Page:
Species Focus- Oak (Quercus spp.)

Species Focus- Oak (Quercus spp.)

Blog by Ciara Laverty

There is an old saying that “an Oak tree spends 300 years growing, 300 years resting and 300 years dying”. These iconic trees are easily recognisable by their lobed leaves and fruiting acorns. Historically there is evidence of Oak woodland around Lough Neagh’s shores, which we can see through local place-names derived from the Irish word Daire (Oak woodland/plantation):

  • Derryloughan Co.Tyrone:   Doire Lochain   “Oakwood of the Little Lough”
  • Derrylileagh Co. Armagh:   Doire Loilíoch    “Oakwood of the Milch Cows”
  • Derrymore Co. Antrim:       Doire Mór           “Great Oak Grove”

There are two native species of Oak found on the island of Ireland. Sessile Oak (Quercus petraea) which is the national tree of Ireland and Pedunculate Oak (Quercus robur) which is often referred to as English Oak. The two species can be told apart by looking closely at their acorns- Pedunculate Oak acorns hang on long stalks while those of the Sessile Oak appear stalkless.

Oak 1

Oak woodlands with mature trees are an important habitat, supporting a wealth of wildlife species. Hundreds of invertebrate species are at home here which in turn are a vital food source for breeding birds. Crevices and holes in the bark of these ancient giants provide places for birds like the Treecreeper to nest and for bats to roost in.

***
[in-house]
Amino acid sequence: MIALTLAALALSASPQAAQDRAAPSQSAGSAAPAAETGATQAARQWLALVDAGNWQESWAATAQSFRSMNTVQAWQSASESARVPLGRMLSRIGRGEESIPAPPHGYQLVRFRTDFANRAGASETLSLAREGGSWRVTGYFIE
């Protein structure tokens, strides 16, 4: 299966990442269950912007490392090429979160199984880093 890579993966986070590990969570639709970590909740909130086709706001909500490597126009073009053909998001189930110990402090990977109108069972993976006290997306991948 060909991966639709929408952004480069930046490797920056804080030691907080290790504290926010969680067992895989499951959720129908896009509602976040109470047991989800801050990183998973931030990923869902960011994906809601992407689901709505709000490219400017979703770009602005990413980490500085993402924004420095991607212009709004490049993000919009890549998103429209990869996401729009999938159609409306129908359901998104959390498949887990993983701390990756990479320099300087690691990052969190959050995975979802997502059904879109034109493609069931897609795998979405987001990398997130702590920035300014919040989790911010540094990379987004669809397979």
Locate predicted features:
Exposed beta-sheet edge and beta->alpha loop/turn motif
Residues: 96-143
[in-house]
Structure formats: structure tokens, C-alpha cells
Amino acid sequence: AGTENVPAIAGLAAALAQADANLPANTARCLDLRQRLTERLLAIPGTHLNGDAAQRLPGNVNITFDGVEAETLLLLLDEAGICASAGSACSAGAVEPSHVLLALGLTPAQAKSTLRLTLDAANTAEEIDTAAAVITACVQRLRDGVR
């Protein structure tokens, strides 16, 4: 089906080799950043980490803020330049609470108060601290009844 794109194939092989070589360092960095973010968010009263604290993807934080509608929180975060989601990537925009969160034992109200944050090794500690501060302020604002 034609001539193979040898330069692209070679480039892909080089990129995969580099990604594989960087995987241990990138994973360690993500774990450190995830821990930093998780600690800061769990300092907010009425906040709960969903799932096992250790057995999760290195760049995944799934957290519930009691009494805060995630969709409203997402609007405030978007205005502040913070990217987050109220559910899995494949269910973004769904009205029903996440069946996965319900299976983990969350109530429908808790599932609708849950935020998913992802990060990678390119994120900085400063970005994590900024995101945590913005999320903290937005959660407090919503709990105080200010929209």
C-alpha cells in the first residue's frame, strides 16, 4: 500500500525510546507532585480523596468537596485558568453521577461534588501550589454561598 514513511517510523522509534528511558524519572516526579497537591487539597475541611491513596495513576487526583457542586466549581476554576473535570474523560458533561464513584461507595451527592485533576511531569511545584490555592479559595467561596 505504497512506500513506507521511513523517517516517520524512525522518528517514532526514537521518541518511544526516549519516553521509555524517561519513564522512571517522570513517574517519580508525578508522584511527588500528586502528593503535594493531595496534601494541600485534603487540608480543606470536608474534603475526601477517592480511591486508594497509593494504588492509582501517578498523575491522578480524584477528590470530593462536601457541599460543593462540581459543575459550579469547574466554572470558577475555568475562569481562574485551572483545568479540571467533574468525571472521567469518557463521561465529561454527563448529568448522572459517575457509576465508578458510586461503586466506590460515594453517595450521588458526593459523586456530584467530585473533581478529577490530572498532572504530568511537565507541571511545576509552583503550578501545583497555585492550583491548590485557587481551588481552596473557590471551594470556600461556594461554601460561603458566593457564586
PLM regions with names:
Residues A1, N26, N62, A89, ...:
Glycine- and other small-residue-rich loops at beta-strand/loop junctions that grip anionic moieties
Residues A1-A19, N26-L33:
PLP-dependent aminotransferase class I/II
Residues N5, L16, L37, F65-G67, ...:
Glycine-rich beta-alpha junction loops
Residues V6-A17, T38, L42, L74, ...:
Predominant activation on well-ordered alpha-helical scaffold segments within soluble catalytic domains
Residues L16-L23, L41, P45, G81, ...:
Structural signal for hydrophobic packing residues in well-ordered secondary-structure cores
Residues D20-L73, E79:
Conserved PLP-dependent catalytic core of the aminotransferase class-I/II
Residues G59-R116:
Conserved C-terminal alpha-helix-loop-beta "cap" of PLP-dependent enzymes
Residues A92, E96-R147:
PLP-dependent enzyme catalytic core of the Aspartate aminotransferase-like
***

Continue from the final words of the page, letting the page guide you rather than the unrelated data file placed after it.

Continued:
As we are now on the cusp of Autumn, our Oak trees are now laden with their crop of acorns. Squirrels, deer and badgers readily feed on this autumnal harvest. This time of year is also an excellent opportunity to spot the most colourful member of the crow family- the Eurasian Jay.

Despite their vibrant appearance this shy corvid can be tricky to spot amongst the foliage, their presence is usually announced by their harsh, screaming call. Throughout autumn Jays are busy collecting and caching acorns, a food source that will help see them through the cold winter months ahead. Not all of these acorns will be consumed, and those that are left will have the chance to germinate.

When out on your woodland wander keep your eyes peeled for abnormal growths on the twigs and leaves of Oak trees. These are known as galls and are caused by a parasitic relationship between Oaks and Oak Gall Wasps. Sessile and Pedunculate Oak are the host plant for around 70 species of Gall Wasp.  Two commonly seen galls on Oak are the Oak Knopper Gall and the Silk Button Gall:

Oak Knopper Gall

This gall is the result of a tiny parasitic wasp (Andricus quercuscalicis) laying an egg on pollinated Pedunculate Oak flowers. The larvae secrete a chemical that alters the development of the acorn, causing it to grow in a knobbly, distorted shape. The wasp larvae develops inside this gall, which will turn a woody brown colour and fall to the ground in Autumn. The adult wasp emerges in Spring.

Silk Button Gall

This gall is present on the underside of Oak leaves and is caused by the parasitic wasp (Neuroterus numismalis). They look like a small golden coloured disk with a sunken centre. A single gall holds one wasp larvae. Like the Knopper Gall, these will also fall to the ground and the adult wasp will emerge in Spring.

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